And in a free market, the people would decide for themselves what medium of exchange suits them. There would be no government-created central bank to set interest rates. The market would likely to revert to exchanging silver and gold; the bills in your wallet would be certificates that allow you to buy, say, a certain amount of gold. We would have “inflation” of prices only if and when large deposits of precious metals are discovered. Otherwise, with greater production, prices would fall over time, making the goods available to more and more people and enhancing their standard of living.
In a real free market, land that was not already occupied would be homesteaded. The government couldn’t claim the land and distribute it to favored developers, nor could it kick its current occupants off the land to give to those who might produce bigger tax revenues.
A real free market thus makes Big Business and mass production unfeasible. The government wouldn’t be there to protect stockholders from personal risk of failure or criminality. The government wouldn’t be there to inflate the currency to guard against falling prices due to mass production. The government wouldn’t be there to put caps on civil liability for wrongdoing.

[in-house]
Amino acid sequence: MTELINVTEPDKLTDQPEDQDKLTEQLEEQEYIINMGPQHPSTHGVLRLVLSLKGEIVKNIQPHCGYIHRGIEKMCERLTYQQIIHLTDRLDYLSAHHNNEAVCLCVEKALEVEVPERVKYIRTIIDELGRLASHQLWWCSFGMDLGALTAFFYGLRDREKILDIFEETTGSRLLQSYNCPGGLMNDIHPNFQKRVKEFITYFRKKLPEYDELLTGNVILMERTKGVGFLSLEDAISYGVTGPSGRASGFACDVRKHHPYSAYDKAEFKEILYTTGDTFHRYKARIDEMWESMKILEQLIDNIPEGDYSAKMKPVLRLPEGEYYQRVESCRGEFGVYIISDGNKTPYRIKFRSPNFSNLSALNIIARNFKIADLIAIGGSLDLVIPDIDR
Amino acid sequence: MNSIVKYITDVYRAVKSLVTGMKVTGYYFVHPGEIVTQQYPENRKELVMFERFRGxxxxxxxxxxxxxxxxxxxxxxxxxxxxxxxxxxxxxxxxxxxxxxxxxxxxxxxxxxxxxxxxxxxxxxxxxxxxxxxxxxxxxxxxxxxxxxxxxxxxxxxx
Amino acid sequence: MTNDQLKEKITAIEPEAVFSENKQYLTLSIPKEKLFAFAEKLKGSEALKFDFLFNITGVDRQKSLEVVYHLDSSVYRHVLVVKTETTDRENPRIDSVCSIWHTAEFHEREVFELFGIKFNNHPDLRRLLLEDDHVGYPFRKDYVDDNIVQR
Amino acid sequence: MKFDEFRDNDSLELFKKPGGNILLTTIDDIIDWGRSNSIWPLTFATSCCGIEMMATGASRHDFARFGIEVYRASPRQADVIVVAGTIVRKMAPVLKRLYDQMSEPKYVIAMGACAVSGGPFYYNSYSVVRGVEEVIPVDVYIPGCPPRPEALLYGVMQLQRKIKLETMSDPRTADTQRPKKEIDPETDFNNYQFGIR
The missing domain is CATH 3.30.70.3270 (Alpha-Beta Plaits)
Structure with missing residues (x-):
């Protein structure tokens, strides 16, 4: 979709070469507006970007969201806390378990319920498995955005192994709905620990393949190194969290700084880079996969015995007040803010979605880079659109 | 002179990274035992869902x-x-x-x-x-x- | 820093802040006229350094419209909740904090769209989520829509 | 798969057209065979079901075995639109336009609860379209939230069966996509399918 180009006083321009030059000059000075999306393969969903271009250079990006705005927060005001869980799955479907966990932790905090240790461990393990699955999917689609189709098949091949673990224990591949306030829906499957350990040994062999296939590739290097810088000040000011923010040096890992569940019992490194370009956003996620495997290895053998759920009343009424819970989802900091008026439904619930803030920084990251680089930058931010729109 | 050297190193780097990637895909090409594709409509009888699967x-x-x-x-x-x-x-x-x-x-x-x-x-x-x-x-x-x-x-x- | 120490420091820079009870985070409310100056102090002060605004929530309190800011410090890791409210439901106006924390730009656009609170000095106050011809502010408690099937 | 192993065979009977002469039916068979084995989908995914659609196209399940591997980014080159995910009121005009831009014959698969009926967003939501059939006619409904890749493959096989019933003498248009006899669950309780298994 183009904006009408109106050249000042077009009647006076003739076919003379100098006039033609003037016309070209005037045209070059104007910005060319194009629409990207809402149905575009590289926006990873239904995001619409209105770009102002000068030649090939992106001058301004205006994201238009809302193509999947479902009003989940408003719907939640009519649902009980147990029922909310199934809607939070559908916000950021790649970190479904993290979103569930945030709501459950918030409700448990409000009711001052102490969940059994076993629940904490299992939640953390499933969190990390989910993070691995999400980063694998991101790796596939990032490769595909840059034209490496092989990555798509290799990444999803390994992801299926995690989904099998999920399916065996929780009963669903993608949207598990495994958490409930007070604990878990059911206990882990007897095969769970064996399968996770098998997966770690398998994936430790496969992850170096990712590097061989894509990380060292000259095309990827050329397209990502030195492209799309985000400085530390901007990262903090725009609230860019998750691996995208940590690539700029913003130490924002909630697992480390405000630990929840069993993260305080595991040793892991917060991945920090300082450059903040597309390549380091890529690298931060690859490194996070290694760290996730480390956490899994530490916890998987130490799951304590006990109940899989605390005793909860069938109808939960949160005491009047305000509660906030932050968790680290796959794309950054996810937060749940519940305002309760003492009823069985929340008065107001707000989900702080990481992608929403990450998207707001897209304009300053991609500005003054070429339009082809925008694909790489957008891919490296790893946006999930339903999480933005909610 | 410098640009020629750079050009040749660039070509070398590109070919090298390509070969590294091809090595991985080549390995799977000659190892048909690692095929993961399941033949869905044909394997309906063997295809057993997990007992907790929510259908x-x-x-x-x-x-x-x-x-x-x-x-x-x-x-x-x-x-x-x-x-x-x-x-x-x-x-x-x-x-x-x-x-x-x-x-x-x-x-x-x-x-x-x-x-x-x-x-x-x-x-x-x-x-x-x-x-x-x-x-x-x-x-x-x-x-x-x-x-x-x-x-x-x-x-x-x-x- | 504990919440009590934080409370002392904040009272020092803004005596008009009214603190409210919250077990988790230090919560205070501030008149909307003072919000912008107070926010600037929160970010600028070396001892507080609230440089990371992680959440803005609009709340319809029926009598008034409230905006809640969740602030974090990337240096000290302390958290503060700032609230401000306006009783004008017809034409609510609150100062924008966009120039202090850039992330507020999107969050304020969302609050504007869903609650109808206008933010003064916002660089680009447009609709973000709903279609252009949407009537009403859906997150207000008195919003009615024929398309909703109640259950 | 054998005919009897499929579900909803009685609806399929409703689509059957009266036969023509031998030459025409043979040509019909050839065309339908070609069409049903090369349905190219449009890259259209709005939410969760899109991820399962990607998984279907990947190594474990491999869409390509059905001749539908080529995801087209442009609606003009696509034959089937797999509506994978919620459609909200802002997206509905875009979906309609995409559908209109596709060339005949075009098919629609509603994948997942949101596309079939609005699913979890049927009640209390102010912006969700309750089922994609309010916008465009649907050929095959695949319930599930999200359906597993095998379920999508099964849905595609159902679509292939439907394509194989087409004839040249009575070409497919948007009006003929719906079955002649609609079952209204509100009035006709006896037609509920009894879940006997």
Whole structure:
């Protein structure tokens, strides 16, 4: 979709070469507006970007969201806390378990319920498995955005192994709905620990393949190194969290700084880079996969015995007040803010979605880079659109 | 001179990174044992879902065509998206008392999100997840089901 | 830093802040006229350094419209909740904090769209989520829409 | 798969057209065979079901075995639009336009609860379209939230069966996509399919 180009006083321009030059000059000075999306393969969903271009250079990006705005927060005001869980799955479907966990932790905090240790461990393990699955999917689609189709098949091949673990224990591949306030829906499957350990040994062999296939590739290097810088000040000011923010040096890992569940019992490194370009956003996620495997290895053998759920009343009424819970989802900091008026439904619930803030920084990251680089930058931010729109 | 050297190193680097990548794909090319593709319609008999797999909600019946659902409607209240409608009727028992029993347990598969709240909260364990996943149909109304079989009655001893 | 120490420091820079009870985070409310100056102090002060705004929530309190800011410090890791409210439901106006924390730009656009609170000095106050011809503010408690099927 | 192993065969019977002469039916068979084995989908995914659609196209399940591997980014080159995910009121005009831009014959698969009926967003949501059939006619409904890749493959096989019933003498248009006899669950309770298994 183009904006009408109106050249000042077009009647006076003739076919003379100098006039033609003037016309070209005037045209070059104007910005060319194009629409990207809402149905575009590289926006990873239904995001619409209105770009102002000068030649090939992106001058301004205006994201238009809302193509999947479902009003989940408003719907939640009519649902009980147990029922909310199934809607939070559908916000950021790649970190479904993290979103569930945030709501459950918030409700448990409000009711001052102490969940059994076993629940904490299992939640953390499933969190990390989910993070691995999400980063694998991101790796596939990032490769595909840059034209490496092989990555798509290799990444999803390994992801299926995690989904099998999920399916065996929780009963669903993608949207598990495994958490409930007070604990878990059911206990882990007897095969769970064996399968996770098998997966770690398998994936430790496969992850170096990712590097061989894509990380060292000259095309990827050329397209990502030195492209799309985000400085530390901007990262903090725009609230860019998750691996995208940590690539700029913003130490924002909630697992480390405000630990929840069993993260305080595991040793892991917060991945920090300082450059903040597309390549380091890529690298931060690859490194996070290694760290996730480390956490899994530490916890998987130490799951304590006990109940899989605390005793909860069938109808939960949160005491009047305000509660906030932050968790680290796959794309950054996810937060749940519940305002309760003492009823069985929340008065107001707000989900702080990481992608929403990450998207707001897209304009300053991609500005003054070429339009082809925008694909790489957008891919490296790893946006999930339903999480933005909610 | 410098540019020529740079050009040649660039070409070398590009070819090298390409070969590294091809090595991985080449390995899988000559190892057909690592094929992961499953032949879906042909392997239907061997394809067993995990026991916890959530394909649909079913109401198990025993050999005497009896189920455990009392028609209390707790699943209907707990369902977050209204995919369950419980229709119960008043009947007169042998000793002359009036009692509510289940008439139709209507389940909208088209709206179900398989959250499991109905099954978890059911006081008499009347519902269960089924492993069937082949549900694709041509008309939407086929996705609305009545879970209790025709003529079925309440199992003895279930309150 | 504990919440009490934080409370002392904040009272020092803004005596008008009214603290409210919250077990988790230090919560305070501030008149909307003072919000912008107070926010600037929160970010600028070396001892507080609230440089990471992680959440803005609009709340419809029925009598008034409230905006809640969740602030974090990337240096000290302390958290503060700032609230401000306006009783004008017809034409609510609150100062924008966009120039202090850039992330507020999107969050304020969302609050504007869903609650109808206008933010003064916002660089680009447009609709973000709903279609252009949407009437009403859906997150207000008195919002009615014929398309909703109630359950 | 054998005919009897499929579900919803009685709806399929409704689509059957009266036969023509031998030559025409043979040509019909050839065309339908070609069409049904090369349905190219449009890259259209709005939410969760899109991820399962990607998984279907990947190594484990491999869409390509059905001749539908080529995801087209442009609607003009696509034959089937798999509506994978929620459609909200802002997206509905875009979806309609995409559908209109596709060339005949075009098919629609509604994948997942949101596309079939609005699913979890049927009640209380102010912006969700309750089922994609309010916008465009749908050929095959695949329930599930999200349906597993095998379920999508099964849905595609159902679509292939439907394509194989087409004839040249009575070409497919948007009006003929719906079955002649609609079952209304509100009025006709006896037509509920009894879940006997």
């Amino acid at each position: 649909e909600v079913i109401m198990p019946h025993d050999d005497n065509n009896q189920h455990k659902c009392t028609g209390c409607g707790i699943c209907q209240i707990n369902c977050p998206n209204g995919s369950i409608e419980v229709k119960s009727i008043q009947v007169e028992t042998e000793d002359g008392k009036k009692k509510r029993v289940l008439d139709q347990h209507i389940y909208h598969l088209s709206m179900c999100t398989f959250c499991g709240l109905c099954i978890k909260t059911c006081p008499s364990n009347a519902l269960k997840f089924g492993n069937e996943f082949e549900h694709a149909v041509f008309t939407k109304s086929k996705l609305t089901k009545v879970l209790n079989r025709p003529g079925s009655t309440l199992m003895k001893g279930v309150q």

In a real free market, there would be very few large companies and few product brands marketed nationwide. Thus, fewer people’s jobs would be at the mercy of quarterly reports. Few companies would employ thousands of people, let alone tens of thousands, or devastate communities by laying off employees by the hundreds. If there would be any gazillionaires, they would likely own their own companies (as there would not likely be any publicly traded corporations) and be personally liable for any harm their products may cause. There would be no barriers to enter any industry or find any job. Most people would make a decent living working for themselves or for small firms that may serve a few thousand, rather than several million, customers, but no one would get rich off of government-sanctioned monopolies.
Individuals are free by nature, in that no one else can control their movement or will. Free markets are also natural, because voluntary cooperation is natural. Every government intervention into the market is an attempt to extract more “wealth” from it than is actually produced and is unnatural.
This can not be sustained indefinitely. We can’t pretend that the proper control of interest rates, or government make-work projects (pork), or “trickle down” tax policies will generate better goods and services for all. All they do is shuffle the wealth around, make the market less efficient by preventing it from operating as it normally would, and, in the end, cheapen the value of the dollar to the point of financial collapse.
Would another artificial, government-created economic “stimulant” prevent this collapse? That would be like using drugs to lose weight, when the natural solution is to eat less and exercise. Would it not be better to repeal laws, regulations, and spending programs so that the economy can operate according to free-market principles? According to voluntary cooperation? According to nature?
The sooner we do this, the better off we will be.
About the Author:
James Leroy Wilson blogs at Independent Country (http://independentcountry.blogspot.com).
This article was printed from www.partialobserver.com.